- Swing the robot head down, tucking it under the cabin section.
- Take the large tri-barreled cannon and pull the bottom barrel down, then swing it out, flattening out all three barrels. This attaches to the left side of the vehicle.
- Attach the medium sized blasters to the grooves in the middle of the vehicle on each side.
- The shotguns can attach to the right side, using the raised sections to attach to corresponding grooves on each weapon.
- Vehicle Mode
- Vehicle Mode (Side)
- Vehicle Mode (Back)
- Vehicle Mode (Forward view)
- Vehicle Mode (Angle View)
- Vehicle Mode (Weapons attached)
- Vehicle Mode (Weapons attached, left side)
- Vehicle Mode (Weapons attached, right side)
- Vehicle Mode (Weapons attached, back)
- Vehicle Mode (Weapons attached, angle view)
- Vehicle Mode (Weapons on top)
Autobot Hound transforms into a customized Osh Kosh P-19R vehicle. The vehicle is a large truck used for operations including fire fighting. It has an angled front end leading to a rectangular back section that has several angled sections including the back end which slopes downward. This design gives it a bulky yet sleek appearance at the same time. Smaller details such as the rectangular side view mirrors, the vehicle having six wheels and the "step" that would allow a passenger or driver to step up into the truck all come from the real life vehicle. However, this vehicle features a bunch of details specific to the "prop" vehicle used as Hound's vehicle mode in the movie. These include:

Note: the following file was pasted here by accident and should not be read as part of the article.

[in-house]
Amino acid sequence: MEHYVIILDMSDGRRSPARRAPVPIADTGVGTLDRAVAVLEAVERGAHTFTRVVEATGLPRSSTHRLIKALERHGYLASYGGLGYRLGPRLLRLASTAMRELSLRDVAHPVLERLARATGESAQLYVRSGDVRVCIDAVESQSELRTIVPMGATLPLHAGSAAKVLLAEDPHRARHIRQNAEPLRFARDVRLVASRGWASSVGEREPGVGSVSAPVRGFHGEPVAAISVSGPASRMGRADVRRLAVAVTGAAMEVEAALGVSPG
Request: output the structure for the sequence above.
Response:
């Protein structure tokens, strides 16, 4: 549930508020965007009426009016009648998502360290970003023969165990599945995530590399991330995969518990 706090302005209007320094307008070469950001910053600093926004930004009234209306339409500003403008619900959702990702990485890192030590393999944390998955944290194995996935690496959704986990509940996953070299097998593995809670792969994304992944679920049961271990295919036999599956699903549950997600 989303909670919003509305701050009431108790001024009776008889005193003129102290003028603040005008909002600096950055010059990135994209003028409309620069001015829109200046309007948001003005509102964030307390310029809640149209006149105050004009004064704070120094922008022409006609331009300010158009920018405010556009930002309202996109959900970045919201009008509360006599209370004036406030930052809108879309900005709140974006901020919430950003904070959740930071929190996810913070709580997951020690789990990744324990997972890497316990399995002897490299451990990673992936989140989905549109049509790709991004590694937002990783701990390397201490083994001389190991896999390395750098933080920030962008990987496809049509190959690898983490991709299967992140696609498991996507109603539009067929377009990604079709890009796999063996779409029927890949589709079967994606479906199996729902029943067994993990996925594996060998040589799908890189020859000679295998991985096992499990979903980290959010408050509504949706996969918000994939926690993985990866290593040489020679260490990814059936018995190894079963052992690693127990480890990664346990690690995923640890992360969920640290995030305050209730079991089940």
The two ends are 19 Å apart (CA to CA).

- All the weapons mounted on the side are specific to Hound and not something found on the real life P-19R.
- The triple barreled weapon forms three horizontal tubes running along the left side of the vehicle that is analogous to the three tubes on the left side of the "prop" vehicle used in the movie.
- There is a cage that wraps from the top of the cabin section to the front.
- The dual smokestacks on the right side of the vehicle.